The Instance Pigg


 

When Ixawod was fifteen years old, he had troubled Miss Trebitha Tizzywick’s flower garden with a vengeance.

  As it was the last day of school before the weekend, and having nothing better to do, he threw on an old tan jacket and snatched a hundred-year-old bottle of Civilised from the old man's wine-rack. Father was not likely to miss it from his collection, Ixawod reckoned, and meanwhile he could call on his friend Pree-Man, with whom he would polish off the bottle over the course of an hour, telling tales of non-existent amorous misadventure.
  Ixawod flung open his friend’s door – they neither bothered with knocks nor locks in this bourgeois neighbourhood – and collapsed on the traviata couch. Pree-Man had acquired a carton of cigarettes which, judging by their stylish and sophisticated length, must have belonged to Pree-Man’s mother, a woman who featured in a number of Ixawod’s fictional exploits. This fact, however, he kept to himself.
  The boys were skipping school, but Ixawod didn’t care. Top of the class in most of his subjects, one of the few things instilled in him by his father than he didn’t rebel against was his work ethic; to fail in class was to lose out to pupils he believed to be his inferiors in every way and he would not permit that to happen. He’d catch up, as he had before, without so much as a blip on his school record.
  Blue puffs issued from their cigarette ends. Civilised should always be consumed slowly if one is to avoid a freefall into moral dilapidation, but anyone who has tried to explain as much to a pair of overeducated truants knows the pointlessness of that endeavour.
  “I should have brought another,” Ixawod mumbled to the empty decanter. He jabbed his cigarette end into an ashtray. “Come on, let’s go.”
  The plan was to avoid detection by fathers, the school authority, and other do-gooders – but primarily to meet girls from the town in Blanco Park. However today was an off-day for the two young men. Whether it was something approaching in the air, or the fact that Ixawod was reeling about drunk and obnoxious by early afternoon and vomited in the duckpond was never clear, but their mission was not a successful one. Bested, they zig-zagged through a twee neighbourhood lined with little white cottages and populated by cats. One hissed at them, and arched its back , and Ixawod wound himself up into such a lather at this affront that he took out his dissatisfaction on the first thing he saw: Miss Trebitha Tizzywick’s treasured flowers.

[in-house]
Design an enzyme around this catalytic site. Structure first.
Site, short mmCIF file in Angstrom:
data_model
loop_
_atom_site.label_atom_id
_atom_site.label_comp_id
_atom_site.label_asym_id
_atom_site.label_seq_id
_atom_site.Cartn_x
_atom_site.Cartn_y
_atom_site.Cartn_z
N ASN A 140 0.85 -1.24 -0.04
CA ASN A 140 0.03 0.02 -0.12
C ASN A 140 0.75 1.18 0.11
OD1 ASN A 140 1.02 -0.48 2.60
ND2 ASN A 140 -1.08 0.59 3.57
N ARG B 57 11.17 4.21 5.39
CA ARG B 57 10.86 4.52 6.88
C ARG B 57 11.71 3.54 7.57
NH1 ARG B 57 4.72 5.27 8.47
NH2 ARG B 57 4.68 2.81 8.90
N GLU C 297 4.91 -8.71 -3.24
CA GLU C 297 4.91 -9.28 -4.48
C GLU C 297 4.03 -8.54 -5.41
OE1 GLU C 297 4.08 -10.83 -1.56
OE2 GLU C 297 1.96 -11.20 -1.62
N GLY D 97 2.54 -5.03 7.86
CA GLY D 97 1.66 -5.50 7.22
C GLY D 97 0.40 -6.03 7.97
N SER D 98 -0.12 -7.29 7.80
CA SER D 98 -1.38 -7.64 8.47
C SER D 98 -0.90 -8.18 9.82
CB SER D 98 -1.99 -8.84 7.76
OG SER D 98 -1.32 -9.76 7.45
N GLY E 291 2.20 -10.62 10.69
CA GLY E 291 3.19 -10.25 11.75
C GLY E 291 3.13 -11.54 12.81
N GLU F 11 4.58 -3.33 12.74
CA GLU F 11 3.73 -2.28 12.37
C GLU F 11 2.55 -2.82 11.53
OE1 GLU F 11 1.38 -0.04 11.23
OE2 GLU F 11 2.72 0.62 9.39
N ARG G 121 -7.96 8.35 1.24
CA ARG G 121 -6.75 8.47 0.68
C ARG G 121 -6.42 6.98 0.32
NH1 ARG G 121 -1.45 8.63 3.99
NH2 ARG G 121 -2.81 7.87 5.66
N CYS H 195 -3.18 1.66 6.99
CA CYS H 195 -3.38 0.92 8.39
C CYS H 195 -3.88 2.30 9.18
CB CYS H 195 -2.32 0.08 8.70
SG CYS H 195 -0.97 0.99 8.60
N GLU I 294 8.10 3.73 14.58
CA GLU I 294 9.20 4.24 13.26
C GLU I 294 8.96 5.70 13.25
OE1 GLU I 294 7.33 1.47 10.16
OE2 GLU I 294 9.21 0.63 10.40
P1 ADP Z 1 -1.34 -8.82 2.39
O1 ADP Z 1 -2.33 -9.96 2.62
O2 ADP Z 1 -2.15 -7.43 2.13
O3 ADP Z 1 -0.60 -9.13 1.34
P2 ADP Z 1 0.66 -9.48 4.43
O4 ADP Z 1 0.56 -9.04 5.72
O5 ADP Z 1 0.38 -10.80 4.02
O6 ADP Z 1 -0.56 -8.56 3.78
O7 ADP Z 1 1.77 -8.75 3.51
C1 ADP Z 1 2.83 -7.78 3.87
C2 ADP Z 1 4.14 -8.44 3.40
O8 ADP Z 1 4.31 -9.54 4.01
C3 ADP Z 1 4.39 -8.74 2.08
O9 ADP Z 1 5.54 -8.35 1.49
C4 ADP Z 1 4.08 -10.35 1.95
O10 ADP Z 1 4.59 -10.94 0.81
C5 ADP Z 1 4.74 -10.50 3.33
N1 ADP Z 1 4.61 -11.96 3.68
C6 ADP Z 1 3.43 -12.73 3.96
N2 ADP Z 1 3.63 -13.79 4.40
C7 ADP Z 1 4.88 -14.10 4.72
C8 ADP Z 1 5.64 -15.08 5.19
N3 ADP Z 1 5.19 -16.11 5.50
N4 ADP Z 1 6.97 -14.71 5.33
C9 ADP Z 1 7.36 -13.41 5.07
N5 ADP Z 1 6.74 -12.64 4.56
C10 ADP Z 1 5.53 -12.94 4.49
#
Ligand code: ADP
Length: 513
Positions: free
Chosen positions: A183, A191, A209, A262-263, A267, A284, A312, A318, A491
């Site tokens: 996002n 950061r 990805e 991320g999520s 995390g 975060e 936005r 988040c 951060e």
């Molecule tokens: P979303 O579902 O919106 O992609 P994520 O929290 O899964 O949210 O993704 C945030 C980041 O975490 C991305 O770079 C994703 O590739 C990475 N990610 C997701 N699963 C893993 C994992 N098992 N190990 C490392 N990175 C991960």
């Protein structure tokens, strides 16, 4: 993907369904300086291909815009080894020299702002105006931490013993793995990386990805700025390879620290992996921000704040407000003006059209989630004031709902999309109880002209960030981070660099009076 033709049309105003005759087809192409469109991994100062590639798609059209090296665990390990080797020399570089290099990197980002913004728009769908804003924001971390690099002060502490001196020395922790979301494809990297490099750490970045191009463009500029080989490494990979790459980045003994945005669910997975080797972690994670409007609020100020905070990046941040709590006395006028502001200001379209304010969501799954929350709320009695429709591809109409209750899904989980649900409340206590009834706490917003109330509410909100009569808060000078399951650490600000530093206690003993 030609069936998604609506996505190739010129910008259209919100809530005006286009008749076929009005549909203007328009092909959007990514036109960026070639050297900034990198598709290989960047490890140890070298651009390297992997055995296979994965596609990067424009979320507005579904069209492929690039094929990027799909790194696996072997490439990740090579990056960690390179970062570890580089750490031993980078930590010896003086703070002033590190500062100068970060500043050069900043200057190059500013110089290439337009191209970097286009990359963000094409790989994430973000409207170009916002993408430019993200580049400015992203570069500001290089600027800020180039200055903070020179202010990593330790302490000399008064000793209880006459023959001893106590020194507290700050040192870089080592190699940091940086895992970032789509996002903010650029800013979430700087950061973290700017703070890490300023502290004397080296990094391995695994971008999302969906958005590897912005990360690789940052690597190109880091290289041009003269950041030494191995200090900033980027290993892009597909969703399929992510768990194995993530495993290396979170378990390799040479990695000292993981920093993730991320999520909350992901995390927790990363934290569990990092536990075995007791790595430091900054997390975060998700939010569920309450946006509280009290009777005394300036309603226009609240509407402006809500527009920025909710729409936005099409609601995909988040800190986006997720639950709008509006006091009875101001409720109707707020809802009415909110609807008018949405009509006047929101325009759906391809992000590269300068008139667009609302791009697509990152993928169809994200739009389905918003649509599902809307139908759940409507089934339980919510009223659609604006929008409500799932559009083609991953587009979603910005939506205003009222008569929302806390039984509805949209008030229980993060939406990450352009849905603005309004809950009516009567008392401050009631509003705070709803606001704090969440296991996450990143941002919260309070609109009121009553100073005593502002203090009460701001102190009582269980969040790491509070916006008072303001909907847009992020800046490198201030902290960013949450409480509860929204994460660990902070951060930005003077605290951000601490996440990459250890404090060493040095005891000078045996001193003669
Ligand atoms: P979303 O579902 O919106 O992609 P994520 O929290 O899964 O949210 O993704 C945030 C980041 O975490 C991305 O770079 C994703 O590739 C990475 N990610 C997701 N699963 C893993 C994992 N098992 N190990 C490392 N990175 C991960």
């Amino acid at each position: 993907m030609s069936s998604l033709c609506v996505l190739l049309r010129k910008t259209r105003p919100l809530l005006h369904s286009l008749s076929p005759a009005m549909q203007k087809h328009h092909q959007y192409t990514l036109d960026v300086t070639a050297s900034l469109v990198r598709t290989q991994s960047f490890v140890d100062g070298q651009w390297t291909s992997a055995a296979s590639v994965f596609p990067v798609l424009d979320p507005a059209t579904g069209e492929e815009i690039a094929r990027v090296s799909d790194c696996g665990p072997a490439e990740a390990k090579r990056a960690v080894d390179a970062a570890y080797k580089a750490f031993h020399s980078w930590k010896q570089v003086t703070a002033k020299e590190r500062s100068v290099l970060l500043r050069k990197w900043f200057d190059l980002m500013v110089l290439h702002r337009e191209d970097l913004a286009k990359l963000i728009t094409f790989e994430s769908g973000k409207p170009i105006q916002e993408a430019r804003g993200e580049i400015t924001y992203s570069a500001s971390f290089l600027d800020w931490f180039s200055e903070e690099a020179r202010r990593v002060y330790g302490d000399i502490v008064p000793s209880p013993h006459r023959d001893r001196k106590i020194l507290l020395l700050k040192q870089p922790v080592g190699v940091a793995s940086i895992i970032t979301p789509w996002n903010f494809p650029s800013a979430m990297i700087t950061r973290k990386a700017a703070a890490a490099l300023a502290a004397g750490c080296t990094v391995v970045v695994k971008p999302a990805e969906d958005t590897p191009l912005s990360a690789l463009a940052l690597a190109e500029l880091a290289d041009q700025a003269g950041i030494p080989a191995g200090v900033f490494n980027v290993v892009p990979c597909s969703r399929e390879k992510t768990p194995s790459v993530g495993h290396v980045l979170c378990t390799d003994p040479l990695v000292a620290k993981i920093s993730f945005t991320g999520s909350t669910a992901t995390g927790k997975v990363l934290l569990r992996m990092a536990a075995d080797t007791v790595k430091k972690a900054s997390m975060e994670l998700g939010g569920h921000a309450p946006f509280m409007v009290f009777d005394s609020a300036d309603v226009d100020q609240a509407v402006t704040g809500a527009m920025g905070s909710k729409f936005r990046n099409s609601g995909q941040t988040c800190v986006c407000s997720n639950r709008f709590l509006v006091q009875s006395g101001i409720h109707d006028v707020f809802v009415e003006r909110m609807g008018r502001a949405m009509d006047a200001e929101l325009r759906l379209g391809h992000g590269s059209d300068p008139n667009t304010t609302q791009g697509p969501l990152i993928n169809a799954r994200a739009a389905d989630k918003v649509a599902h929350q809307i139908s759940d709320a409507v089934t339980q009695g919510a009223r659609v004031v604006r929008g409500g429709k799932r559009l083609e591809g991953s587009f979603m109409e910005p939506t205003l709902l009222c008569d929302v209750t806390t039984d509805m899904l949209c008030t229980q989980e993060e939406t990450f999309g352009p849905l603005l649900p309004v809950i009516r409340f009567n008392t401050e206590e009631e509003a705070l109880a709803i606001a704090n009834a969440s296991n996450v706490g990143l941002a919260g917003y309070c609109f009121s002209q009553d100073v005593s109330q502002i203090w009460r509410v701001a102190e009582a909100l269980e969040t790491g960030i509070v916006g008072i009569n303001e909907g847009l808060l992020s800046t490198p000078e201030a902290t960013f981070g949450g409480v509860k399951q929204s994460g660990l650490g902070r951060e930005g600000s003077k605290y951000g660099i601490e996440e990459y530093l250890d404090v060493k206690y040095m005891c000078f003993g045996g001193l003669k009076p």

He leapt into her garden, tore up peonies, kicked the heads off the hibiscus and stomped on them all, leaving them flat, crumpled and generally rather sorry-looking. Pree-Man must have slipped away unnoticed during this time because eventually Ixawod tired of his rage and made his lonely way home, where he collapsed on his bed and passed out.


A knock at the door. Ixawod’s father, Eold, would have already left for work – always before sunup, rarely back before midnight. Tembra, their maid, was in the back garden hanging up clothes (including Ixawod’s sick-stained white shirt from the previous day, a task she approached with equanimity) so when the knocking came a second time, Ixawod shrugged on a dressing-gown and shuffled bleary-eyed to the door. He swung it open. Outside, the postman waited, holding up a box and grinning as Mendextit, Ixawod’s cat, streaked out through their legs and into the street.
  “For you,” the postman said. He held out a pen and a chit and grinned even wider. Ixawod wondered what the man found so damn amusing. He felt awful, but he signed the postman’s chit and grunting his thanks, closed the door and put the box on the hallway table. Above the table a large oak-framed mirror hung on the wall. Ixawod stared into it. His unmatched eyes were bloodshot and yellow and his shoulder-length curly blond hair was matted and wild. He looked like a caveman that had found someone’s clothes in a dump.
  Was he happy? Ixawod didn’t know. He wasn’t sad. Happiness seemed a nebulous, overly safe state of mind in which he had only mild interest. He felt mostly a desire to be adored, coupled with a degree of self-satisfaction and relief that he had achieved this aim. He was happy he had power over people, although it wasn’t in his nature to misuse this privilege, being more self-obsessed and egotistical with it.